Every week, I'll excerpt a handful of stories — old and new, sports and otherwise, relevant and merely sublime — that I urge you to read for one reason or another. Send any suggestions to email@example.com.
"J.D. Salinger: The Man in the Glass House," by Ron Rosenbaum (from Esquire, 1997)
Suggested readers: Phonies
Just as I'd hoped, one of the Nieman Fellows approached me after my talk with a fascinating story about S. He had a friend, he said, who, as a youth, had made the Pilgrimage to Salinger's House, a journey that is the closest thing a secular literary culture has to a religious ritual, a rite of passage. It is a pilgrimage S. — much to his regret, one must suppose — seemed to encourage with a famous passage in Catcher in the Rye in which Holden Caulfield describes the powerful connection he feels with writers whose work he loves and how that kind of connection makes him want to call the writer up. He doesn't say look the writer up, but few pilgrims make that distinction because few have his phone number anyway. (I have a number for him. I just haven't used it.)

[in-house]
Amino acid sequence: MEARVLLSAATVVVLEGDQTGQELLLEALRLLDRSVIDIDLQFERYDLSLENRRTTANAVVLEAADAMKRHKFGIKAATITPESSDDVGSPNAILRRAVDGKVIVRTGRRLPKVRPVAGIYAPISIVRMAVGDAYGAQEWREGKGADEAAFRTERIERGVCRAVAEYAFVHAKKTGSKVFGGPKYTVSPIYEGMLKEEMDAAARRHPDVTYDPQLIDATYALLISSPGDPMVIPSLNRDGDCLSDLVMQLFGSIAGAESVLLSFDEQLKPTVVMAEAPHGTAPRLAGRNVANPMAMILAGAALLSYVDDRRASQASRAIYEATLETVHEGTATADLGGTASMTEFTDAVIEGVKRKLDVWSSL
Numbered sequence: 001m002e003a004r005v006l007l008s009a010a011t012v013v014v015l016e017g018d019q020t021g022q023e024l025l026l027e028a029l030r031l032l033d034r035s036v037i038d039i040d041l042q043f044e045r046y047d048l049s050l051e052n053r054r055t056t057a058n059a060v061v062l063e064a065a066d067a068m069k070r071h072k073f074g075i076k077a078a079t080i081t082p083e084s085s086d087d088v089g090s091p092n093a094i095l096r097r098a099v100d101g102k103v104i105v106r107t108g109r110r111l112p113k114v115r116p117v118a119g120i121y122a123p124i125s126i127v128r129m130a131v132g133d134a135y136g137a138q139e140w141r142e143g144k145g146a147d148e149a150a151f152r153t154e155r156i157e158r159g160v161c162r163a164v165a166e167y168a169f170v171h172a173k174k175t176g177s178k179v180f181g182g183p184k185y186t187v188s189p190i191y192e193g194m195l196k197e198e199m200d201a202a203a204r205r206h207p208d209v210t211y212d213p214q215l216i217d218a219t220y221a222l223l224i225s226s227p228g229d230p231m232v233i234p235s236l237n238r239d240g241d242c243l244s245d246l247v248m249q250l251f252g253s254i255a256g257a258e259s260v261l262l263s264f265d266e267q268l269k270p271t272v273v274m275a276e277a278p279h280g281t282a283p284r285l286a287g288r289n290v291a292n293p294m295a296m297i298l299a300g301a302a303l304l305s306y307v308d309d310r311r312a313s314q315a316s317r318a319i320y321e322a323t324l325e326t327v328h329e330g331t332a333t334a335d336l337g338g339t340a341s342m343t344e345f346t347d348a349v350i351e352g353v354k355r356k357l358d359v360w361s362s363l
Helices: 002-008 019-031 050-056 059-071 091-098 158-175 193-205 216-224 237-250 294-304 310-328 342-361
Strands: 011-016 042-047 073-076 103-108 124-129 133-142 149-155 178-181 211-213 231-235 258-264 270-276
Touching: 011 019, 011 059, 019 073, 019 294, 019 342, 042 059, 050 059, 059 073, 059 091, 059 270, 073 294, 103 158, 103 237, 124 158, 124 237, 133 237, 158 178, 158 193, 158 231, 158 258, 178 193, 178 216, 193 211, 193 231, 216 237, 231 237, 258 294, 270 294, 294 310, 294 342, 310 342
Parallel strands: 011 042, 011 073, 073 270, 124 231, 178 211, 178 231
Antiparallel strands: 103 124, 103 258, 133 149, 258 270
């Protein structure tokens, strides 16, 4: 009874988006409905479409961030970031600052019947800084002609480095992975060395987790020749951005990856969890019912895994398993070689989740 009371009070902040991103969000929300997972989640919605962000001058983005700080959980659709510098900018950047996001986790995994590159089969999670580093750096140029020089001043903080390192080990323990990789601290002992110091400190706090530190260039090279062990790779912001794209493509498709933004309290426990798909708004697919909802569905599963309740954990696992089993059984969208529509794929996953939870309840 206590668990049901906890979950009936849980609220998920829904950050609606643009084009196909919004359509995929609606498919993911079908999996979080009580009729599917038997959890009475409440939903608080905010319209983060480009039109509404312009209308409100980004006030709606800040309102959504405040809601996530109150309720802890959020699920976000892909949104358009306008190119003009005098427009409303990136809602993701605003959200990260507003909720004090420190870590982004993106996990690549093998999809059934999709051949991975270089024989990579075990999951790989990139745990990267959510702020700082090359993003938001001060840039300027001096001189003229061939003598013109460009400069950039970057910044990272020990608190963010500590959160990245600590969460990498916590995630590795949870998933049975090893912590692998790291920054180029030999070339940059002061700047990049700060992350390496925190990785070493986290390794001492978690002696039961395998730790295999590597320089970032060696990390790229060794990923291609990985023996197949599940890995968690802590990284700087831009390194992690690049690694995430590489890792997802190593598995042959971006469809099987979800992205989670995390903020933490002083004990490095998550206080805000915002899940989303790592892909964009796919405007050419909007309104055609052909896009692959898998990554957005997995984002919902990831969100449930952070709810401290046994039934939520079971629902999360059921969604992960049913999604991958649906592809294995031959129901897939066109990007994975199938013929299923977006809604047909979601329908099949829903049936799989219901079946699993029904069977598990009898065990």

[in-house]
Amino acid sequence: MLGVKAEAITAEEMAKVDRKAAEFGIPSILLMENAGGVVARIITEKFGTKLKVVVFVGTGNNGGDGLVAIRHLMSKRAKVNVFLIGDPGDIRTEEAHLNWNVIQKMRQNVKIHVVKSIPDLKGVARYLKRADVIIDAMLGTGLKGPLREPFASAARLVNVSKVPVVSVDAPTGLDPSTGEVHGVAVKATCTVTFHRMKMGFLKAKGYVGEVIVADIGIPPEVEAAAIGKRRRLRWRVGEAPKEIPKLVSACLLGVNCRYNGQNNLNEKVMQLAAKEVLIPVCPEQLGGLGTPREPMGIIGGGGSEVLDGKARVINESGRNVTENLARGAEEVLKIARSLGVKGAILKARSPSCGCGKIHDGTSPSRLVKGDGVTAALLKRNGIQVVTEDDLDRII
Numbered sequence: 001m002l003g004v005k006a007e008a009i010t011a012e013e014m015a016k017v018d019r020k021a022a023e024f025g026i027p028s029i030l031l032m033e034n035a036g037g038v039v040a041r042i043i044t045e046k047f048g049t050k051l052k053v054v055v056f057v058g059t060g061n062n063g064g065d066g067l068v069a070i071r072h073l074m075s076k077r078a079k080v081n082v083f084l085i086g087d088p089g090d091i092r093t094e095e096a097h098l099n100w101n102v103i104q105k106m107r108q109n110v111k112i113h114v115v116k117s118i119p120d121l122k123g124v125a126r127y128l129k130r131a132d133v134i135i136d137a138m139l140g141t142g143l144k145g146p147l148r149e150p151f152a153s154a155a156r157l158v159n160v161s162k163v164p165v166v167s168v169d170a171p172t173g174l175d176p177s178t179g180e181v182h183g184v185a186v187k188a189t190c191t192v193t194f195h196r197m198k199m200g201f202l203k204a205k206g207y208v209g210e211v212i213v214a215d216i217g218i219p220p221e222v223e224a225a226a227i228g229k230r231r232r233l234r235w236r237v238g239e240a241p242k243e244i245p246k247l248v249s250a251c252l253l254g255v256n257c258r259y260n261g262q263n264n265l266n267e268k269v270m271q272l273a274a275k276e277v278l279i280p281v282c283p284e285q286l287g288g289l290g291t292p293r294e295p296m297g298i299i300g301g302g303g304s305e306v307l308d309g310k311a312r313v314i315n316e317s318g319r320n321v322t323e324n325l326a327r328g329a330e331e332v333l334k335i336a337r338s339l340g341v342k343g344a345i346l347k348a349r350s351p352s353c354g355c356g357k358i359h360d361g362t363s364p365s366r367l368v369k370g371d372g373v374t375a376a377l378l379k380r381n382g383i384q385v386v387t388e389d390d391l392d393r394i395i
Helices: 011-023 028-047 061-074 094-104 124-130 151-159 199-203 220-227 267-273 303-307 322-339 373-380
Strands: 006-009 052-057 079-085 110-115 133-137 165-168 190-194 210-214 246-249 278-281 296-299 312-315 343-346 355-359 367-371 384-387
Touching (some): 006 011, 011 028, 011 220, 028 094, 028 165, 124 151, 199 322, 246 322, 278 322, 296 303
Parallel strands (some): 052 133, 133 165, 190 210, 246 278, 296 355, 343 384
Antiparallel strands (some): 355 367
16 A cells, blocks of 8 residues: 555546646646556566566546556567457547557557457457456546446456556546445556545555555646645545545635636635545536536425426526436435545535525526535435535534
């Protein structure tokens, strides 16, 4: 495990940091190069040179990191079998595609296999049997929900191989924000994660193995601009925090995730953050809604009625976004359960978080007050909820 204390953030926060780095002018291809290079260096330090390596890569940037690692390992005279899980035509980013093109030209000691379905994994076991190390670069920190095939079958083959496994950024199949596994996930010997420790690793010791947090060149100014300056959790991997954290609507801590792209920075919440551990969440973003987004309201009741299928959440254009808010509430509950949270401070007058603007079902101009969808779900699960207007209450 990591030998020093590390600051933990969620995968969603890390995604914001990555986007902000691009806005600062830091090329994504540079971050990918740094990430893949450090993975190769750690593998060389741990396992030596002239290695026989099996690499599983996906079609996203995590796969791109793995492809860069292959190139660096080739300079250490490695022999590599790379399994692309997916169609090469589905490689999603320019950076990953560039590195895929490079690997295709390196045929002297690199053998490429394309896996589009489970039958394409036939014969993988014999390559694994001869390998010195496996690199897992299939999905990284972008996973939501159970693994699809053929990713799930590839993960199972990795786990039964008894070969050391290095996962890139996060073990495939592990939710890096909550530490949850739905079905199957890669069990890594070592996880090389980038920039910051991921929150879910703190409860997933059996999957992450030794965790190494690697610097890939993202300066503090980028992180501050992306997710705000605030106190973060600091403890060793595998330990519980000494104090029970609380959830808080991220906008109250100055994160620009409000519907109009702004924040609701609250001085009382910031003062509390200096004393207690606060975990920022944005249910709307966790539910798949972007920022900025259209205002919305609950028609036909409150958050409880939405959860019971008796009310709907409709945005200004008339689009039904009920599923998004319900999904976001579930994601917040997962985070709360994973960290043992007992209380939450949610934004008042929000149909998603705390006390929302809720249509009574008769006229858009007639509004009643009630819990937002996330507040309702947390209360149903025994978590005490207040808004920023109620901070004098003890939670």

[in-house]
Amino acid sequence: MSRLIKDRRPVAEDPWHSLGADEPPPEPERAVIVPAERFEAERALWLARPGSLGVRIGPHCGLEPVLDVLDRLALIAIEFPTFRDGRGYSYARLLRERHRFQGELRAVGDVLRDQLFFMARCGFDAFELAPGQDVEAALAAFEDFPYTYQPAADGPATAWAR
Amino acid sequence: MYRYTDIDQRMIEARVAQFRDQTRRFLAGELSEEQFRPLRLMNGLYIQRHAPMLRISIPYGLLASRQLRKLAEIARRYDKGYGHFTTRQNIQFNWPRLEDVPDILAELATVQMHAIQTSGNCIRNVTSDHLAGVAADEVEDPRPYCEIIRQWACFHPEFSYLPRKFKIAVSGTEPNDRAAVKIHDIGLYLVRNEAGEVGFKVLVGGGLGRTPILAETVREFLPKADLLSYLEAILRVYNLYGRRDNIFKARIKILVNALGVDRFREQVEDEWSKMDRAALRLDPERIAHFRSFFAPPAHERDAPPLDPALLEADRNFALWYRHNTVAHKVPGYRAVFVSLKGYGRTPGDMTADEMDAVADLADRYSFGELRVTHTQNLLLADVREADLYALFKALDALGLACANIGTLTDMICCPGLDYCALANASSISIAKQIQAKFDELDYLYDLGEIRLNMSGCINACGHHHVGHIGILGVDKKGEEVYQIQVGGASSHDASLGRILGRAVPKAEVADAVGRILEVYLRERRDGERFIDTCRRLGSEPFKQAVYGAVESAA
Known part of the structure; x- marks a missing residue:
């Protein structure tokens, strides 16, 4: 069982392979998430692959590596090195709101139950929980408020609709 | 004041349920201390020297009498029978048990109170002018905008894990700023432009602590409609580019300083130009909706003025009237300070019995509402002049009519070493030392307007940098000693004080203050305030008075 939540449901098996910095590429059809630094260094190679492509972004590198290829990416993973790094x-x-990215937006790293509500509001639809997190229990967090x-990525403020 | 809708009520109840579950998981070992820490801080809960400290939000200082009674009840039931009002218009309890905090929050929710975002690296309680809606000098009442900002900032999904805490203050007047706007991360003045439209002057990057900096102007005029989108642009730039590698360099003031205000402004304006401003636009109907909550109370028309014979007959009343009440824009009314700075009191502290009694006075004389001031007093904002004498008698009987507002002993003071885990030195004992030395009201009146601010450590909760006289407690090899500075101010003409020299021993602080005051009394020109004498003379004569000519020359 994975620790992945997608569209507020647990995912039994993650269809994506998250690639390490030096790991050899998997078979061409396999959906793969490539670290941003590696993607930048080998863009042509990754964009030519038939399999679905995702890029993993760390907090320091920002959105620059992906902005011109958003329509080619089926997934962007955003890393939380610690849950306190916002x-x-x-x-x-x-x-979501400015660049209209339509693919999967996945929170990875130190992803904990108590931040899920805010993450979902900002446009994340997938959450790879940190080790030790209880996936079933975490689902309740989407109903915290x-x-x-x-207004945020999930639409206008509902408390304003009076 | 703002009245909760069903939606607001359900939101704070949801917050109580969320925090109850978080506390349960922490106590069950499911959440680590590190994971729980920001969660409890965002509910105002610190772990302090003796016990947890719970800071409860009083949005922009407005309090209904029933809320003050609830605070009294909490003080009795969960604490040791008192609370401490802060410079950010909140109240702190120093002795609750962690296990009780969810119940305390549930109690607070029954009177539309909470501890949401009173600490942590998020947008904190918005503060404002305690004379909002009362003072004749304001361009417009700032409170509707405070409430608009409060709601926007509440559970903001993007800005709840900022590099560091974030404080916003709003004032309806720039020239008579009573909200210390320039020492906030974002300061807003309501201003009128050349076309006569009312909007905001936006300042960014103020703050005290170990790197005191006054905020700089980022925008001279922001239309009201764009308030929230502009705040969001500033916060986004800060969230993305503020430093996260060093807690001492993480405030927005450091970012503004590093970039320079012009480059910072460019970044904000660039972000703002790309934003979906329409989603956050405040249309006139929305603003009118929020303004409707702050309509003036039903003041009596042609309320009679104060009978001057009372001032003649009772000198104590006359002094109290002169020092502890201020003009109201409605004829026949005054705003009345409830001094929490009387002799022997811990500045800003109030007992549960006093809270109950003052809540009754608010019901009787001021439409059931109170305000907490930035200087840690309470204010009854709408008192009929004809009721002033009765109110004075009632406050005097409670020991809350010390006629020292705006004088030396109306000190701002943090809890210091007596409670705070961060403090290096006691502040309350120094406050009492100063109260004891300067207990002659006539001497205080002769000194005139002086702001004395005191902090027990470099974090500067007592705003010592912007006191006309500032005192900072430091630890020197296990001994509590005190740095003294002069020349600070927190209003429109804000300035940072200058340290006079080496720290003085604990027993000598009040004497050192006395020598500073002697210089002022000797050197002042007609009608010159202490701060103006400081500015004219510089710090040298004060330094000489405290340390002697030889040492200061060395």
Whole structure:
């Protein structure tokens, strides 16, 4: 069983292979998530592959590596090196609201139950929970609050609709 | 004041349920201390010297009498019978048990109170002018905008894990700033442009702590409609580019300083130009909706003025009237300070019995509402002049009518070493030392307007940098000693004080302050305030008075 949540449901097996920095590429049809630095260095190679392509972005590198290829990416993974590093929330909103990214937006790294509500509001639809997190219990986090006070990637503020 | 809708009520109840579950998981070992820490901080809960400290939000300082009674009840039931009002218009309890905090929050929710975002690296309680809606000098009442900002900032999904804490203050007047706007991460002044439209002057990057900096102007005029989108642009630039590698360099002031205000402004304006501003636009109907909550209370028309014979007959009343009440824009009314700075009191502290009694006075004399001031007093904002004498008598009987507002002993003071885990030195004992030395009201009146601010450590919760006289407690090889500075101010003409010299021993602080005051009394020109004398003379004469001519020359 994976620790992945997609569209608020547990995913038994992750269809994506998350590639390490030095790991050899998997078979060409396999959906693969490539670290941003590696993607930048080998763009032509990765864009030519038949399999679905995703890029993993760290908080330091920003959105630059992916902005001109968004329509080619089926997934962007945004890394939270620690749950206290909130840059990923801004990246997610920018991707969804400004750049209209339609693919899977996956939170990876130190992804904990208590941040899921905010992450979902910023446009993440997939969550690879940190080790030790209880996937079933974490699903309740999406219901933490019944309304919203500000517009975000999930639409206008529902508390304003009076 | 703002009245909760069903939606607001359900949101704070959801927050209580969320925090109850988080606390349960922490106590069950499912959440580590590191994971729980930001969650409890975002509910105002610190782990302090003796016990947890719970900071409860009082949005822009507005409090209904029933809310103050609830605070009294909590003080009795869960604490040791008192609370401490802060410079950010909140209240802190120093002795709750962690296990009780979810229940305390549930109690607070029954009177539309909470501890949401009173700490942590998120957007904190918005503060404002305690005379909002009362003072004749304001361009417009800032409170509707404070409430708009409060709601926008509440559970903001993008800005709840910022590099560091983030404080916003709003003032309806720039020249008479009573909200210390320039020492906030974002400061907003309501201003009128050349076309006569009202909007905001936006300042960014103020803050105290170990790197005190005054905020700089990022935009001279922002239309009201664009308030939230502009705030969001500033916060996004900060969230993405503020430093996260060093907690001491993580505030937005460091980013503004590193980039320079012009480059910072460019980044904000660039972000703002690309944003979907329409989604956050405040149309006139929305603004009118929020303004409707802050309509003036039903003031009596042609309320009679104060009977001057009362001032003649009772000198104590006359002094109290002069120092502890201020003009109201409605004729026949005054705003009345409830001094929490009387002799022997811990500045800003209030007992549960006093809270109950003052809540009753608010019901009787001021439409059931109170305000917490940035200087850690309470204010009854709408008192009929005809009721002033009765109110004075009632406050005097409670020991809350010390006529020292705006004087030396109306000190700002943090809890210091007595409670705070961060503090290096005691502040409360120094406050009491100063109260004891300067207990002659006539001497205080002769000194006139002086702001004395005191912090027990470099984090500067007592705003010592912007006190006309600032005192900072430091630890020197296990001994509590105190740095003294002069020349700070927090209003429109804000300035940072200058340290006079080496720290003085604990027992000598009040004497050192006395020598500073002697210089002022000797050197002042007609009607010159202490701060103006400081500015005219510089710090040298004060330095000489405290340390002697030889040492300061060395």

The Pilgrimage to S.'s House, to the shadow of his Wall, has itself become part of American literary myth, most prominently in W.P. Kinsella's Shoeless Joe, in which an Iowa farmer sets off for New Hampshire with a plan to kidnap J.D. Salinger and take him to a baseball game because a Voice has given him the mission to "ease his pain." The Fake Wounds Story turned out to be a kind of inadvertently parodic inversion of the ease-his-pain injunction. That night in my hotel room in Cambridge, I was able to track down the guy that the Nieman Fellow had told me about, the one who'd made the fake-wounds pilgrimage.